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Accidents on Premises and The Law

retail store accidentsHave you ever met an accident and wondered how do you figured on it when you knew you have not been negligent?

 

If yes, read on.

 

Accidents happen everyday. And as much was we don’t want them to come into us, they will. It’s the Murphy’s Law. At one time or another – or, in another else’s property.

 

Take the case of slip and fall in your favorite restaurant. You came in. Feeling excited as you smell the aroma of your favorite food.  You traverse the premises in a normal, careful manner.  Then suddenly, you slip, you fall. And you find yourself in a wheel chair for about a month or two. All because you happen to step in that tiny wet spot that contains no warning whatsoever on your favorite restaurant’s floor. 

 

Or the case when you visited your friend’s house in one merry nothing-to-do holiday afternoon. You came inside after you hug and kiss and exchange pleasantries.  Then suddenly, you trip, you fall. And you find yourself suffering a reoccurring back pain because you tripped and fell caused by an improperly placed vacuum cleaner that your friend didn’t warn you about.

 

Premise liability claim attached to a property owner when he failed to exercise a reasonable degree of care to avoid accident in the premises. When, for instance, there was failure to warn guests or customers of a possible accident that may occur in the premises. Like, “Falling debris”, “Caution: Wet floor”, “Watch your step”, etc. The liability is based on negligence.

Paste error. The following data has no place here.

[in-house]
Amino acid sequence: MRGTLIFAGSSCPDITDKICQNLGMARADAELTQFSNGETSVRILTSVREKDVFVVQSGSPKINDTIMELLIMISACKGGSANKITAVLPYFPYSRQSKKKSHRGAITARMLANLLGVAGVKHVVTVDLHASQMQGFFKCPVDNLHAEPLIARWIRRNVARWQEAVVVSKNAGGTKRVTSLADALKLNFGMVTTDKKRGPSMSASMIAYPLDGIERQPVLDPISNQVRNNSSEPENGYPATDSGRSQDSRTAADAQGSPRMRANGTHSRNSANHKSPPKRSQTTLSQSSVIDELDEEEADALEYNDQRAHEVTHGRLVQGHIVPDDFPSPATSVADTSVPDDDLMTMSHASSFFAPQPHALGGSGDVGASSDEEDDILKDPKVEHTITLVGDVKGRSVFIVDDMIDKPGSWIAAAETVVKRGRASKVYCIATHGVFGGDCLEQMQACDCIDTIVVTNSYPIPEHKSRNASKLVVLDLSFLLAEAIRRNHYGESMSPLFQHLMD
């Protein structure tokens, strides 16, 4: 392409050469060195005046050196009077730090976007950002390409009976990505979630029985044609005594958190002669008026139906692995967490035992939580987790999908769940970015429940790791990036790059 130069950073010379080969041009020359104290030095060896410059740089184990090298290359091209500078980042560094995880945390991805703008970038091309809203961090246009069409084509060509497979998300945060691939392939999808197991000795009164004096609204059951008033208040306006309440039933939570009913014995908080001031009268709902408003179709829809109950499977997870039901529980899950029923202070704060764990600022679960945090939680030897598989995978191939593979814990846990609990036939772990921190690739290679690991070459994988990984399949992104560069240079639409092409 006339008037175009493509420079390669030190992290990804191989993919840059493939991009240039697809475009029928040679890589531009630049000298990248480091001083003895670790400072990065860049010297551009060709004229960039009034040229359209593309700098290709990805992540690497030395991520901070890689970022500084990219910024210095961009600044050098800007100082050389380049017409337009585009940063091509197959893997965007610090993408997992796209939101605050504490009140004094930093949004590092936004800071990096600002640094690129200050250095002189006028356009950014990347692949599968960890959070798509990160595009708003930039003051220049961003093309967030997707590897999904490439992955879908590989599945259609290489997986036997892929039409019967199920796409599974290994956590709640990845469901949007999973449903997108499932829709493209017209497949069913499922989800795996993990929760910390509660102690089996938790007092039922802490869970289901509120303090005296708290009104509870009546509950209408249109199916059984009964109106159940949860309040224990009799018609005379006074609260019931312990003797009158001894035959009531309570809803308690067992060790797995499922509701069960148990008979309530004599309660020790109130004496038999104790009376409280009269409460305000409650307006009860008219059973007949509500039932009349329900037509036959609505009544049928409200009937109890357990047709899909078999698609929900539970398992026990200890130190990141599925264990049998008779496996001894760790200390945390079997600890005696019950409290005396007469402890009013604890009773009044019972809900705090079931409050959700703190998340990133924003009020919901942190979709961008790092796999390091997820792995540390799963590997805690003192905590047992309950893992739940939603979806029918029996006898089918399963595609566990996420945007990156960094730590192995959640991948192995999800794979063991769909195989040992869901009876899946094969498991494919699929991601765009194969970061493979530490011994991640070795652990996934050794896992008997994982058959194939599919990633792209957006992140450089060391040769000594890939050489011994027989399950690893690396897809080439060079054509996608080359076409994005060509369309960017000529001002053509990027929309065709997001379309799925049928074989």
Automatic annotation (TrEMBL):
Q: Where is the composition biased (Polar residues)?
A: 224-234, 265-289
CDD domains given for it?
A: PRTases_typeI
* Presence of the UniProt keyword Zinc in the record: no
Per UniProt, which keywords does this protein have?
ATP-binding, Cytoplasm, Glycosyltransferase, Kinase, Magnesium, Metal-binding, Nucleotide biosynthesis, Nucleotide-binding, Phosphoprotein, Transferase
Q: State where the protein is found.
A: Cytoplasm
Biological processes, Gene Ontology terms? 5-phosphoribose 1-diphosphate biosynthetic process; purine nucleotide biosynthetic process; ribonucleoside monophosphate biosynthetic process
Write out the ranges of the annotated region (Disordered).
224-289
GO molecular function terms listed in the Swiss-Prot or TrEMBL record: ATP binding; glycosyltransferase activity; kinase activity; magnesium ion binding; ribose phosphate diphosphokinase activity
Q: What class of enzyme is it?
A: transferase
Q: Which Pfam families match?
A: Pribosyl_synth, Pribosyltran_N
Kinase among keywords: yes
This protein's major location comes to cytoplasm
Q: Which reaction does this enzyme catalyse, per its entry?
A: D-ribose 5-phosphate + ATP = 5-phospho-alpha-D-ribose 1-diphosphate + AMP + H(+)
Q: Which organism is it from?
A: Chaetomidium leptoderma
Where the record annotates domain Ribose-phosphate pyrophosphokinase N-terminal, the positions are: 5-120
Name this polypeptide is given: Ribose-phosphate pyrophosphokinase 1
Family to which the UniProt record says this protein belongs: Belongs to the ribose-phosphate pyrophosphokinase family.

Claim will also be had against an owner when there is an inherent defect in the property and he failed to make necessary repair or maintenance, or at least post a warning of a looming danger, in the premises.

 

Our laws allow victims of property owner’s negligence and lack of foresight to recover from them. If you have met an accident in somebody else’s property and you think the owner is responsible, you can claim from him through the help of a premise liability claim lawyer.

 

There are of course, exceptions.

 

Trespassers, like burglars, cannot claim from the owners of the property whom they trespass. The reason is obvious. Trespassers are violating the law. They came into the premises without the owner’s permission. Whatever injuries they sustained while trespassing, they cannot recover for damages because one should not profit from a wrongful act.

 

Exceptions to this exception however, are children. It is so because children have low, or no, perception of the danger that lies before them.

 

With respect to employees, we have workers' compensation laws, which can hold employers liable for most injuries in the workplace. But unlike premise liability claims, the amount of damages here is limited.

 

As to government properties, claims for injuries sustained by an individual can be pursued under either, the Federal Tort Claims or the state tort claims act, which can vary from one state to another.